DUBAI: Saudi Arabia is set to become the first country with a long-range test track for the planned hyperloop transport system.
The US-based Virgin Hyperloop One (VHO) announced in July a partnership with the Kingdom’s Economic City Authority to build a 35 km certification track at King Abdullah Economic City, 100 km north of Jeddah. Speaking to Arab News at the GITEX Technology Week show in Dubai, the company confirmed construction will start by the end of 2020, and said it was in talks with the Saudi government to agree on a specific timetable for the project.
“We are working with the government right now in terms of timetable. We expect, if everything goes to plan, that we would start building our test and certification facility in the backend of 2020. In terms of when it will finish, we are looking at 2024 and 2025,” said Harj Dhaliwal, managing director of Middle East and India at VHO. The project also includes a research center and a manufacturing facility for the advanced components of the futuristic transport system, also expected for 2024.
“It puts Saudi Arabia at the forefront of transport technology. It makes them the leader in the manufacturing of hyperloop technology,” Dhaliwal said.
The hyperloop transport system, famously proposed by Tesla CEO Elon Musk, promises to allow people to travel around 1,000 kph, which is roughly twice as fast as Japan’s bullet trains.
“We are going twice as fast for less energy,” Dhaliwal said. It is expected to reduce land travel time between Riyadh and Jeddah from 10 hours to 76 minutes.
Although cargo and human testing has not been started by VHO, Dhaliwal said they are “close to moving on to very advanced testing with passengers on board.
“We have tested the hyper structure, vacuum, control systems, levitation systems, technology systems and the vehicle. The next step will be to move into carrying cargo and people,” he said, adding that their testing site is in Las Vegas, where people can see the hyperloop in action.
“We still need to go through a process. Passengers will be in a vacuum condition. They will be in space conditions. We want to make sure that if we put cargo or people in, and when we start with our next generation high-speed testing, nothing goes wrong. It’s not just a matter of putting somebody in and hoping for it to work — that will be a disaster for our business,”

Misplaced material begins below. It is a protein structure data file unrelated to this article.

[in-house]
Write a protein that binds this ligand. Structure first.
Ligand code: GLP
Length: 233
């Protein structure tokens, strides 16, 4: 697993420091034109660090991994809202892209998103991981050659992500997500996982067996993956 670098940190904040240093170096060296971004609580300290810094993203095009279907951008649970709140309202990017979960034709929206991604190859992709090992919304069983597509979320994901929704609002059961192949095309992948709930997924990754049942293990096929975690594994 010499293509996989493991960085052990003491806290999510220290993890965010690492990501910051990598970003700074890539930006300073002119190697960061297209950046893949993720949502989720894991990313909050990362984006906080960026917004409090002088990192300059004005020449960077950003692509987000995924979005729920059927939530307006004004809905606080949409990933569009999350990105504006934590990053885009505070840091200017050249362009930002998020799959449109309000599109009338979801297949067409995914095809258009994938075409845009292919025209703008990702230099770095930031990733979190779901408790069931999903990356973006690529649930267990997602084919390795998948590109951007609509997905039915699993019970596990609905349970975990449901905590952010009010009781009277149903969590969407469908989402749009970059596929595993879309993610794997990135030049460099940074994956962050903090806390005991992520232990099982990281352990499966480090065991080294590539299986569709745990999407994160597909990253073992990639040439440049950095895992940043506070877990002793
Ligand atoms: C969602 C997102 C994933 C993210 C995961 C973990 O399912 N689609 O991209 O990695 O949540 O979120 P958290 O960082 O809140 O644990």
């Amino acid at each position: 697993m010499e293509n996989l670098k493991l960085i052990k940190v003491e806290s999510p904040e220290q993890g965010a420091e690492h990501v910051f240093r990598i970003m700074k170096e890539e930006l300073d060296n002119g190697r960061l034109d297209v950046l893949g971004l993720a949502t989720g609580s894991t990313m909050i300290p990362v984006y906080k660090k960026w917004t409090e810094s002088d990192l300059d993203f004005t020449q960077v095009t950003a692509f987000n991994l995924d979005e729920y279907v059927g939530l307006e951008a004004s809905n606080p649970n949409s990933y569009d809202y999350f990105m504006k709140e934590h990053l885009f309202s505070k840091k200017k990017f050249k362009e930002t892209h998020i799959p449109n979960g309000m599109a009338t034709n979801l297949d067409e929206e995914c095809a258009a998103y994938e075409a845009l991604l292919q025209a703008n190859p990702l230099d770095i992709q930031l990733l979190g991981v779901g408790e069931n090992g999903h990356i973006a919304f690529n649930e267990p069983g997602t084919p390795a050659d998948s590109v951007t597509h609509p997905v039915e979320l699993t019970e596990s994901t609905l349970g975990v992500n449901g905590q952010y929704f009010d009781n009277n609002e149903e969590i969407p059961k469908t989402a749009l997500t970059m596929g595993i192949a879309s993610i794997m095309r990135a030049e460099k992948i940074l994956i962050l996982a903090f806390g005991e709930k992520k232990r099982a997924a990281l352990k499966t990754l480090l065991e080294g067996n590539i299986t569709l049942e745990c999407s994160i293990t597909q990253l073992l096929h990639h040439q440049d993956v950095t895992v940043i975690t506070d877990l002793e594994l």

he added. Although the technology promises unprecedented high-speed travel, it has never been tested with human passengers, and many scientists remain skeptical about its safety and viability.
“People are already traveling enormous speeds in an aircraft. People travel 900 kph up in the air at 40,000 feet, in a pressurized vessel. These pods are designed to aerospace standards. Imagine an aircraft with no wings, that’s what we have here,” Dhaliwal explained.
He said they are “not inventing everything all over again,” pointing out how a lot of the standards they are using to build the hyperloop system “are already in place.”
“There are a lot of lessons, data and information available from adjacent sectors like aerospace and high-speed rail that we utilize,” he added.
Dhaliwal also mentioned how they have gathered massive support from investors to build the hyperloop technology, raising over $400 million.
“We have investors who actually believe this is going to happen. We’ve got a team of some of the world’s brightest engineers working with us to take us to the level of technology development,” he said. “This is happening, and it’s happening now.”